The cult following of snowboarders convening on Mt. Baker, Washington for the Legendary Banked Slalom reached an all-time frenzy this year–the contest’s twentieth anniversary. So instead of posting up on the side of another icy halfpipe competition, TransWorld sent a team to the great NW to represent, be witness to, and be a part of the what many have called the only real contest in snowboarding today.
What makes this event so special is a combination of the people and the place. A strangely wonderful cross section of snowboarders creeps into Baker over the course of the weekend: contest and kicker kids, misty crustaceans from around the region, and snowboarding legends whom your odds of getting struck by lightening are usually better than catching a glimpse of in person. Everywhere I turned I saw up-and-coming groms awestruck in the presence of heroes like Jamie Lynn, Mike Ranquet, Shawn Farmer, and the Banked Slalom’s reigning champ, Terje Haakonsen. And likewise, the old dawgs used young energy to get nasty on and off the hill. The running theme of the weekend for our crew was missing Shawn Farmer rapping (if you’ve seen Critical Condition, you know what I’m talking about) every single night. Morning after morning we’d show up to the hill after late evenings of northwest beer swilling, only to be greeted by, “Farm got on the mic and rapped right after you left last night!” It was a repeating coincidence that gave the weekend a special flavor for us.
Anyhow, the people are special, but so is the place. Mt. Baker is a powder refuge of steep, scary, slashable terrain. Natural gullies are everywhere, and one of the most famous of these is where the actual race is held. The Banked Slalom is legendary for being timed perfectly with midwinter dumps, and the contest itself is so hard to get into that there’s a tradition of just showing up that weekend to ride–no worries if you don’t actually get to race. Everyone stays in a little town down the road from the resort called Glacier where there is literally no cellular service and only two restaurants. Social gatherings are held over beers and wax irons at the Mt. Baker Snowboard Shop or in front of sweaty boots and fireplaces at condos throughout glacier. No velvet ropes, no bars, no VIP passes.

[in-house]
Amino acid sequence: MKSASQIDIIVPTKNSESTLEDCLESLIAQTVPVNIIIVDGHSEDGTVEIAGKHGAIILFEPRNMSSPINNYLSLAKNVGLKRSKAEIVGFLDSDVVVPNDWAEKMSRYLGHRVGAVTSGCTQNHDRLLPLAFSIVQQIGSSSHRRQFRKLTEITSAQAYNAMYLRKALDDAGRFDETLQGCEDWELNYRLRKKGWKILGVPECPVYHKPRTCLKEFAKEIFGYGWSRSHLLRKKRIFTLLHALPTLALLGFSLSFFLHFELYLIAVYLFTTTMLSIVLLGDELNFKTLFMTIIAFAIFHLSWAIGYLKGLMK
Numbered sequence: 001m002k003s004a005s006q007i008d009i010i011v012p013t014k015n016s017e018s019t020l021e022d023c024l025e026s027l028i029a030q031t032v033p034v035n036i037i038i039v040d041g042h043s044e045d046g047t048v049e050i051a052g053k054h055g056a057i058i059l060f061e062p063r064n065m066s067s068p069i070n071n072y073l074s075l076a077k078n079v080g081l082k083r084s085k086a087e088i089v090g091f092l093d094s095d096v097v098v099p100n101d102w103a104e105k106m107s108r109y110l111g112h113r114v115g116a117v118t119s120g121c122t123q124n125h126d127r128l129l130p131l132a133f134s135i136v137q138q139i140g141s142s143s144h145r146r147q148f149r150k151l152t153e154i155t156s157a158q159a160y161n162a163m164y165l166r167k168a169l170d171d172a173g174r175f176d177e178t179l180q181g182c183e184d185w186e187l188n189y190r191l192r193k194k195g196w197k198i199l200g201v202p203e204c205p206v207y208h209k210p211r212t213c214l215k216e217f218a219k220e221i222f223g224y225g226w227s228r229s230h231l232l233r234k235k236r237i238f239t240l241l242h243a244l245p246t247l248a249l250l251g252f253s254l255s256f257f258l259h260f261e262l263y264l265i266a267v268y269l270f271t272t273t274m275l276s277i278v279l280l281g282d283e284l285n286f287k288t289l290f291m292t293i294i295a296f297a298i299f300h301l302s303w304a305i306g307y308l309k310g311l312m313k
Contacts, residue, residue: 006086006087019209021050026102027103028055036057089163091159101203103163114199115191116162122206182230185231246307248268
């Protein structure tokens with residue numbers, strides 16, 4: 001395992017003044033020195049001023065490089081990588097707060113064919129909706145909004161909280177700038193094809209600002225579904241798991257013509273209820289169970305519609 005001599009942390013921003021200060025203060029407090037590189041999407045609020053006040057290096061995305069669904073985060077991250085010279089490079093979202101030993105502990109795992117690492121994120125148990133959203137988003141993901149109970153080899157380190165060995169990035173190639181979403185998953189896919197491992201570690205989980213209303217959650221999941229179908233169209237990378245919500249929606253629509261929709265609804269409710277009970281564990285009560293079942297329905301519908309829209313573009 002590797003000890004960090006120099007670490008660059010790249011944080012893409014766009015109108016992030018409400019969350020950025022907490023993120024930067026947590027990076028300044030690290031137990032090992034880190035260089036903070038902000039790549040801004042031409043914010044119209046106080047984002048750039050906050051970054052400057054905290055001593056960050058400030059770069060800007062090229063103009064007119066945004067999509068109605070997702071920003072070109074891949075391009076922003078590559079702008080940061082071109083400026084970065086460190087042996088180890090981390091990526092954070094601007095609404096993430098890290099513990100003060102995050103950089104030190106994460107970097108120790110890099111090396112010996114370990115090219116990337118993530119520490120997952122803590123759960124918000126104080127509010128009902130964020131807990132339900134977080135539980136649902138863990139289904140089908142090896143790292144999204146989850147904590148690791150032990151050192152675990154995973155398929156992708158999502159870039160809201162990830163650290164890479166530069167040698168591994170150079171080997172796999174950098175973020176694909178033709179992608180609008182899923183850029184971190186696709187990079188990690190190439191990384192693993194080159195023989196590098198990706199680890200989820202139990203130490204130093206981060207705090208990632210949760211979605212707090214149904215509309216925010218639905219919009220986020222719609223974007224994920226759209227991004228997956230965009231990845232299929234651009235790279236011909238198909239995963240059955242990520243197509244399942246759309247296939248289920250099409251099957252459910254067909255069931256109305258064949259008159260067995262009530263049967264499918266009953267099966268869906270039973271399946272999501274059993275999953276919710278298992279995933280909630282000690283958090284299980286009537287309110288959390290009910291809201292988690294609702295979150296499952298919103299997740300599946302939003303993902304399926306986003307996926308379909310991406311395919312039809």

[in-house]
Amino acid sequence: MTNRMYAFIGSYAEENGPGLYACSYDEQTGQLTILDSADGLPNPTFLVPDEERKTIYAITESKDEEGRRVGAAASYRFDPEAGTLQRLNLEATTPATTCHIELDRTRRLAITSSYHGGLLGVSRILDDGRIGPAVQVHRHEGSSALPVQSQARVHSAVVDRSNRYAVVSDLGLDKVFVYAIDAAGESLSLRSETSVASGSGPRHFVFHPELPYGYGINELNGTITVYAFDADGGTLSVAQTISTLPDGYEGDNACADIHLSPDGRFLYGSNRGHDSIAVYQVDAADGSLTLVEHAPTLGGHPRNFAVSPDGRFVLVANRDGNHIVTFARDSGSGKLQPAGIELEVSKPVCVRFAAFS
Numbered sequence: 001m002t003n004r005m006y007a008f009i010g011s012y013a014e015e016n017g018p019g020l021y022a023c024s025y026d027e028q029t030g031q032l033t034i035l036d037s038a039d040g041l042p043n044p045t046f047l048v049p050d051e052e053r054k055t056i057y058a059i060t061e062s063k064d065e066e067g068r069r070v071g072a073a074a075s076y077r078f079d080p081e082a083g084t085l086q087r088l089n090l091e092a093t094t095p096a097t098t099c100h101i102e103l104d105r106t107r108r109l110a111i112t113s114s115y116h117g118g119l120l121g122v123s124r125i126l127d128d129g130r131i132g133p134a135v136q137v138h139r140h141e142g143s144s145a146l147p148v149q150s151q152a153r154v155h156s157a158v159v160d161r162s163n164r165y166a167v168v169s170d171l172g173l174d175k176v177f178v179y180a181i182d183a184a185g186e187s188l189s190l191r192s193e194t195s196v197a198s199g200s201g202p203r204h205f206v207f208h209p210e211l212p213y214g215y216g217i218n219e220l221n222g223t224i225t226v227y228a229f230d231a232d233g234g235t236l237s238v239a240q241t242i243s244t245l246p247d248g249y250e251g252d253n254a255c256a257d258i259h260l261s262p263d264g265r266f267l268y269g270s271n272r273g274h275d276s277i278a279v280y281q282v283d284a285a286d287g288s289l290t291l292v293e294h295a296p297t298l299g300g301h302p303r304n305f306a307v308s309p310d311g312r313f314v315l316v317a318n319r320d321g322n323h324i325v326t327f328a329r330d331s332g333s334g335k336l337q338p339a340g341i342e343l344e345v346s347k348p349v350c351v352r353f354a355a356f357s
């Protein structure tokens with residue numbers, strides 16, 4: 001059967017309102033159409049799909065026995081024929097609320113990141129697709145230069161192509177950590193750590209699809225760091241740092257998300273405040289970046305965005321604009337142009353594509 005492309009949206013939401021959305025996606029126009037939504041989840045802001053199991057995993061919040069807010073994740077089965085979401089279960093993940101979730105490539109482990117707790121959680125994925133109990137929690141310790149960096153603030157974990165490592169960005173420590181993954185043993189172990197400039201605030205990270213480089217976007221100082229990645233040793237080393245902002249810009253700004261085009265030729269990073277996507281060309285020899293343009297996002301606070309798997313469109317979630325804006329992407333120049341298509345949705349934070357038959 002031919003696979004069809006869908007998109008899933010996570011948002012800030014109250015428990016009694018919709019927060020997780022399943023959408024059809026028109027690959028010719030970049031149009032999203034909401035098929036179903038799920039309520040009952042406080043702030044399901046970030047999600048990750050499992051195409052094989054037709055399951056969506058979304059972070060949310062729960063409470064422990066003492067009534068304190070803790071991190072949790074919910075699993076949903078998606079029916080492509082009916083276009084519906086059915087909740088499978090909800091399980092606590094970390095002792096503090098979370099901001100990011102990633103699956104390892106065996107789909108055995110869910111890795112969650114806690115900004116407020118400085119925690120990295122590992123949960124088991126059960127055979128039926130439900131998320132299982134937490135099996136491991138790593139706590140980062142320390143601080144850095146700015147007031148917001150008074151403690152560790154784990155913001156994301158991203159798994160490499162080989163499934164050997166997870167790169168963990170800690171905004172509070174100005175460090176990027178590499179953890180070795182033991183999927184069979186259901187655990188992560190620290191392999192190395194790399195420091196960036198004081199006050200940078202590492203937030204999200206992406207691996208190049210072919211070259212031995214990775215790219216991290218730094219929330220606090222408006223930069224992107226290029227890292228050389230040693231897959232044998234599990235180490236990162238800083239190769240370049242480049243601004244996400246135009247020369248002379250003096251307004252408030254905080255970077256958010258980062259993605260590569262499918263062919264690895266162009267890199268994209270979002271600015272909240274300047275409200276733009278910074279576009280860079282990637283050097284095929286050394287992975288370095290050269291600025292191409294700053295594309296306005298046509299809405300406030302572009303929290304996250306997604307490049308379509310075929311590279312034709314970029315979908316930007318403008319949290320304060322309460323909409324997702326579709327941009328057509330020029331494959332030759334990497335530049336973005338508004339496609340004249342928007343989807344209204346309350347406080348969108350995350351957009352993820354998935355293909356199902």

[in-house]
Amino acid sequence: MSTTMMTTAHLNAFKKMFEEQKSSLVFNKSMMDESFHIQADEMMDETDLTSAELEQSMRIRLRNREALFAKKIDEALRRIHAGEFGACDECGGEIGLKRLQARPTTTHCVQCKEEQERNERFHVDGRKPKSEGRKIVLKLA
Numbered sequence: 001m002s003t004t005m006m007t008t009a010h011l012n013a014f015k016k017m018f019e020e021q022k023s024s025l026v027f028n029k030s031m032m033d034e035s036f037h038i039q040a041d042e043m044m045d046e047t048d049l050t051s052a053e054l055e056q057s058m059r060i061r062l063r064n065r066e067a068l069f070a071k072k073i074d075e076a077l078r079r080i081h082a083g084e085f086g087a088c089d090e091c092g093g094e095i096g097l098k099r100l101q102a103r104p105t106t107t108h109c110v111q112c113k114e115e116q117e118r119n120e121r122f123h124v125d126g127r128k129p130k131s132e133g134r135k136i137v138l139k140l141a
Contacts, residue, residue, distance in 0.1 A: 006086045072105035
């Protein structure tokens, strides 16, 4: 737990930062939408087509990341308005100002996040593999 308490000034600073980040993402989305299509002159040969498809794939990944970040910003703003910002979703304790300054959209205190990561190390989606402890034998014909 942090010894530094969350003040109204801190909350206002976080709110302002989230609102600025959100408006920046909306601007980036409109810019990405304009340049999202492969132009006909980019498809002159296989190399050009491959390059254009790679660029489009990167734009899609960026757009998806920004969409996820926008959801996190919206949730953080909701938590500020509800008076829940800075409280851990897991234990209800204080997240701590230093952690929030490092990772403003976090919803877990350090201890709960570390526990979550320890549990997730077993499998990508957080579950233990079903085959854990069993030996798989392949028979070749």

So like I said, this year’s roster of competitors and observers was stacked to the hilt. Mervin and Quiksilver had their entire pro teams there to race, including Scotty Wittlake, Danny Kass, Todd Richards–too many damn people to list. In fact, just go to the Mt. Baker web site and check out the competitor roster–it’s heavy. But even with the huge influx of talent, the Haakon factor was a force to be reckoned with. Although Terje did get beat in qualifiers by a local ripper named Nate Holland, he ended up on top once again in the finals–winning it despite blowing up and disqualifying on one of his runs. The mystery of Terje’s incredible skill lives on, but I think I heard someone say, “It’s all in the arms.” (Check out his rear-hand rutter steez in the above photo.) In the pro women’s division, a local named Stacy Thomas smoked the finals and beat out Baker Banked mainstays like Karleen Jeffery and Victoria Jealouse. Salomon shredder Fabienne Reuteler was fast, too, quiet and fast.
In addition to the official race, there were all sorts of other rivalries transpiring over the course of the weekend. A “retro race” went down at noon on Saturday on vintage equipment. Tom Burt, Bob Klein, Ken Achenbach, and a crew of others dusted off their Burton Cruisers and Sims Pocket Knifes for a race that had most people asking, “How in the hell did we ever shred on that crappy equipment?” I’m not sure who won that one, but it was wicked to watch. The ongoing “Anderniewski” rivalry between Billy Anderson and Dave Sypniewski was won by Dave for the first year in many. Although I’m not sure who won the nightly game of quarters presided over by Anderson and Syp”brew”ski, it was confirmed thaat both of them puked up their insides at least once throughout the event. The newly officiated “Taggartowski” rivalry between me and Michele Taggart (a much less publicized or cared about event) was won by Taggart with a miniscule lead of a couple tenths of a second. You’re going down next year, Michele, you hear?
The awards carried on into the early evening of Sunday in a very packed base lodge. Watching the many generations of snowboarders, from Jason Ford and Tom Burt on down to the little golden-headed children of Mervin’s Mike Olsen, the true meaning of the contest suddenly became clear: snowboarding community. Hana Beaman was sitting next to me and said something to the effect of, “This is the coolest thing ever–it reminds me of when contests actually mattered.” That pretty much sums it up. Oh, and I didn’t see Farmer get up on stage and rap, but I’m sure he did after we left.
1. Terje Haakonsen
2. Seth Wescott
3. Nate Holland
4. Josh Dirksen
5. Peter Bauer
1. Stacy Thomas
2. Karleen Jeffery
3. Fabienne Reuteler
4. Tanja Frieden
5. Victoria Jealouse
Pro Masters: Tom Burt
Super Masters: Robert Rodger
Mid Masters: Randy Haugen
Masters: Jeff Hambelton
Women Masters: Dawn Lambert
Women Amateurs: Spencer O’Brien
Older Amateur Men: Ryan Kelly
Younger Amateur Men: Aaron Robinson
Juniors: Roger Carver
For the super complete results click here.